Open for just a few months, Transformation House is one of the region’s newest nonprofits – a social service agency that aims to provide longer-term assistance than emergency shelters are able to offer.
As a “transitional” agency, Transformation House bridges the gap between the urgent needs of an individual who’s fled an abusive situation and her ultimate ability to live freely and autonomously.
Of course, such transitions can take time.
“Our mission is to provide a safe space and time for survivors to make substantial progress in their healing and in rebuilding their lives, helping them to transition from homeless to independence,” Founder and Executive Director Lori Houck said.
Houck – whose background intertwines business, marketing, social services, management, finance and entrepreneurship – believes strongly in the inner strengths gained from self-sufficiency.
However, Houck also said she knows this kind of stability for a mother who is having to build her life from scratch can take months if not years
Thus, among Transformation House’s many unique qualities is its emphasis on social enterprise.
“We’ve learned that for a single mom, even with full-time employment, it can be challenging to make ends meet,” Houck said. “A typical second job working evenings and weekends requires the extra expense of childcare and the burden of missing time with the kids. So, we’re working on options that can allow moms to work from home at times that are convenient to their schedule.”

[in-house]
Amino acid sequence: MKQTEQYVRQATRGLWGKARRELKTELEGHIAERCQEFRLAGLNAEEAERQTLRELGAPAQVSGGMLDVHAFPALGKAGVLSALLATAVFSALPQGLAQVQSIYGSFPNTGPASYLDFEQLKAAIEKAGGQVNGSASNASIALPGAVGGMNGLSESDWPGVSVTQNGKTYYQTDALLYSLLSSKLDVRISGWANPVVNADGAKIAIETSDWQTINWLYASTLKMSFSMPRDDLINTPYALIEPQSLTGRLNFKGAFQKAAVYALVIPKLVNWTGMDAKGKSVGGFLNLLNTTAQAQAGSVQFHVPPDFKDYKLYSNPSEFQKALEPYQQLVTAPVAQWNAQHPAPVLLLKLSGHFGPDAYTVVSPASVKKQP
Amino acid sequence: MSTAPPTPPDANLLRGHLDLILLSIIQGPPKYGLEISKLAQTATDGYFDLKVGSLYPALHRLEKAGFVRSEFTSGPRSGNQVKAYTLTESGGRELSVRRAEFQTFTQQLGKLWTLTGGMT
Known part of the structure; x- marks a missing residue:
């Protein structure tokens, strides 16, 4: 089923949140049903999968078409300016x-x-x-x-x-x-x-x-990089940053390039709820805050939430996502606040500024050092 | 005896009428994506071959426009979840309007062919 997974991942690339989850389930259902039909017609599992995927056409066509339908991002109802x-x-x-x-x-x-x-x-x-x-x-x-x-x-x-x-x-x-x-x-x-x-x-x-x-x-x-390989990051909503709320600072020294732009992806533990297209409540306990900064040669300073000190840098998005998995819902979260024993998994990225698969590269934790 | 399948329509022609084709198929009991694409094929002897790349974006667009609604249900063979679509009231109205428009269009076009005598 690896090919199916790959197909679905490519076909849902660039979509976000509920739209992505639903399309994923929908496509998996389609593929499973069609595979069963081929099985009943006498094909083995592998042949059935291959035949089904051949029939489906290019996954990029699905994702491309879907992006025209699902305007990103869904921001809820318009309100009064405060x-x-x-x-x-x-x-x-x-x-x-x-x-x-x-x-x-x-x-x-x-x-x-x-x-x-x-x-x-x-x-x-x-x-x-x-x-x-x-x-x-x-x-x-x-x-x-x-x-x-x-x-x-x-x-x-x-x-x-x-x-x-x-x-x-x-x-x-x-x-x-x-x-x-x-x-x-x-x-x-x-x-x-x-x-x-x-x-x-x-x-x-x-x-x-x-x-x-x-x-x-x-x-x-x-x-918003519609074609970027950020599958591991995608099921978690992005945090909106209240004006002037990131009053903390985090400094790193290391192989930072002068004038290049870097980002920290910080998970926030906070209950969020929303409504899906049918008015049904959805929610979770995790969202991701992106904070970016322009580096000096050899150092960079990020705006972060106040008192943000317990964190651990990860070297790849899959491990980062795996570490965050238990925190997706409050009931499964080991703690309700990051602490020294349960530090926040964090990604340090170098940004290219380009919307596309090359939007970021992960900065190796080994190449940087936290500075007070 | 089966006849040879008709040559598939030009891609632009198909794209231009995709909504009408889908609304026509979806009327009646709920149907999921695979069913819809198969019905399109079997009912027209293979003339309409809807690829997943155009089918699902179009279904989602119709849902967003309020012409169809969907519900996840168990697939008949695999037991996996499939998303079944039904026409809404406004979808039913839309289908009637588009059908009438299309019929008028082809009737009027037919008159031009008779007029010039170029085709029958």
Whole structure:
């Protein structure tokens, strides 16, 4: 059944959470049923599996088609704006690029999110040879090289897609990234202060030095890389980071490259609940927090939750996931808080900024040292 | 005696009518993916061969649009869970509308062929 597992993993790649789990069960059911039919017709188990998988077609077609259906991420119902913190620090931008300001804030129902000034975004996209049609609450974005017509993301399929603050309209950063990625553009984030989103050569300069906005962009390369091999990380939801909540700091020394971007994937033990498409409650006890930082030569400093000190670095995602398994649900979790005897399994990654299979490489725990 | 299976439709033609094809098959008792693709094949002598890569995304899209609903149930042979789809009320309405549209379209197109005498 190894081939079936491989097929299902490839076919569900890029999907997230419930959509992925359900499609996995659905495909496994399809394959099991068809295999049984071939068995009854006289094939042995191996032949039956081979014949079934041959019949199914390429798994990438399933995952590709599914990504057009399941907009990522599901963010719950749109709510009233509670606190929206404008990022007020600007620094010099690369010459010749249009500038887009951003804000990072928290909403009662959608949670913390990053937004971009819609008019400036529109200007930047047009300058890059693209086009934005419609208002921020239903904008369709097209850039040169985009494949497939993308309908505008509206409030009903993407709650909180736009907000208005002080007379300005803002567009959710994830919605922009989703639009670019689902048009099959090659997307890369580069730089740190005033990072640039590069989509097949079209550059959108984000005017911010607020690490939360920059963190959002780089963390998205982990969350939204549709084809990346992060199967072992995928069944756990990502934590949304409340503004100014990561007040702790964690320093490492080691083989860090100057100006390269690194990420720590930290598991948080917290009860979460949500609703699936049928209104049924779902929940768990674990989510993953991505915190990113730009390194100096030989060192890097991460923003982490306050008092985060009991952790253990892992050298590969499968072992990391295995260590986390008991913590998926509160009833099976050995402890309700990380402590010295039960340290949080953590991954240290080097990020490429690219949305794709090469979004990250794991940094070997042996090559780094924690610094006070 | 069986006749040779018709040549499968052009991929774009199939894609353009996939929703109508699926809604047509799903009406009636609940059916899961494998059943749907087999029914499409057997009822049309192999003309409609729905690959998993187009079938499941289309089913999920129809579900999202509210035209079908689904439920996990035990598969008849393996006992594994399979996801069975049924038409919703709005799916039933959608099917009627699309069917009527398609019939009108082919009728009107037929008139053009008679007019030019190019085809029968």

That’s where social enterprise comes into play. It aims for self-sufficiency – in the case of Transformation House, allowing women to supplement their incomes through the making of high-quality hand-crafted items sold in a here-today-gone-tomorrow shop concept.
“Social enterprise is a relatively new concept, but not a new practice,” Houck said. “Social enterprise is a market-driven solution to a social issue.”
Houck said Goodwill Industries is one of the best-known examples of a social enterprise endeavor, albeit on a huge scale.
“Goodwill offers training and employment while also generating revenue,” Houck said, adding that Transformation House is building its own version of the concept.
“Our version of social enterprise is a pop-up market where we set up for a few hours to sell items that our residents have made,” Houck said of the jewelry, planters, inspirational signs and other items sold by Transformation House clients.
“We provide the materials and when an item sells, we return the profit to the resident who made it.”
Houck said that having researched several social enterprise ventures around the country, she has been particularly taken with one a short drive from Boerne, saying she “loved” Austin’s Community First Village program,
As the school year ended, Transformation House staged a pop-up market in the teacher lounge of BISD school. Houck hopes to see similar pop-ups happen in church foyers, at civic club gatherings and at conferences.
“So far it’s providing a small supplemental income for our families,” Houck said, “and we’re working on lining up more venues so that we can have regular pop-ups.”
“We like the idea that our residents will receive the profits of their work directly, rather than the proceeds going back toward our overhead,” Houck said.
“It’s very gratifying for our residents to be compensated directly for their hard work. This model also offers a way for the public to support our residents while hopefully also acquiring some products they love.”